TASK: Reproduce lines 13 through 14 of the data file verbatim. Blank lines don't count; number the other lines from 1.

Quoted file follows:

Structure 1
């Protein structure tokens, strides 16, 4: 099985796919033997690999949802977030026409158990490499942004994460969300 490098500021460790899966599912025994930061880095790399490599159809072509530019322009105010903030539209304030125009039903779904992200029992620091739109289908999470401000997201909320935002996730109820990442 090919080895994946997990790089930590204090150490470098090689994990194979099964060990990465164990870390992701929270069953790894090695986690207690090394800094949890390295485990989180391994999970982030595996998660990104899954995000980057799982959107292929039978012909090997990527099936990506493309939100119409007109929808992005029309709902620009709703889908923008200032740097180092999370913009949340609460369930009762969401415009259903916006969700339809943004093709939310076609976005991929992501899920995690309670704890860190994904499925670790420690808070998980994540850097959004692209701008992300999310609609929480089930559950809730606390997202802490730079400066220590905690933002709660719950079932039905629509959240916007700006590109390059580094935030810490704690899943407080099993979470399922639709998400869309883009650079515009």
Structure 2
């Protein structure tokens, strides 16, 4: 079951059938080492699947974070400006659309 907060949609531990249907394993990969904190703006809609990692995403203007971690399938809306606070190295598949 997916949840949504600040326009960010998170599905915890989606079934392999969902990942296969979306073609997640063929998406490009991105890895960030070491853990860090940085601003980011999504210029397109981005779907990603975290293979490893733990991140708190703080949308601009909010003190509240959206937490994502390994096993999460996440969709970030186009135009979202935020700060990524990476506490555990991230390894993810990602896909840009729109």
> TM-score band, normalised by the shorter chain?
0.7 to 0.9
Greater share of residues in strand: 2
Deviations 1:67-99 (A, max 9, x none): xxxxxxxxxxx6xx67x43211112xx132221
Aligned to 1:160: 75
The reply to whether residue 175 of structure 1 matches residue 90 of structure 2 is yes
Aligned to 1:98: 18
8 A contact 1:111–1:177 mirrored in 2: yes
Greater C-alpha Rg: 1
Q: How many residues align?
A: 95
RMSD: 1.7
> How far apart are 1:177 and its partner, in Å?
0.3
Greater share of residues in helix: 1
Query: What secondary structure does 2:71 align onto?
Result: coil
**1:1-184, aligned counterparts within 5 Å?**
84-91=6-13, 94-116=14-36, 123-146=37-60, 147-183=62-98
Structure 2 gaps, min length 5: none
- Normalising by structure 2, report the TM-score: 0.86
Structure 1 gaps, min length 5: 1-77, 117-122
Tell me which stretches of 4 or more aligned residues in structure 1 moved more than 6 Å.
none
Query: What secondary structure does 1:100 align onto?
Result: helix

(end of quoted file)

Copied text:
Greater C-alpha Rg: 1
Q: How many residues align?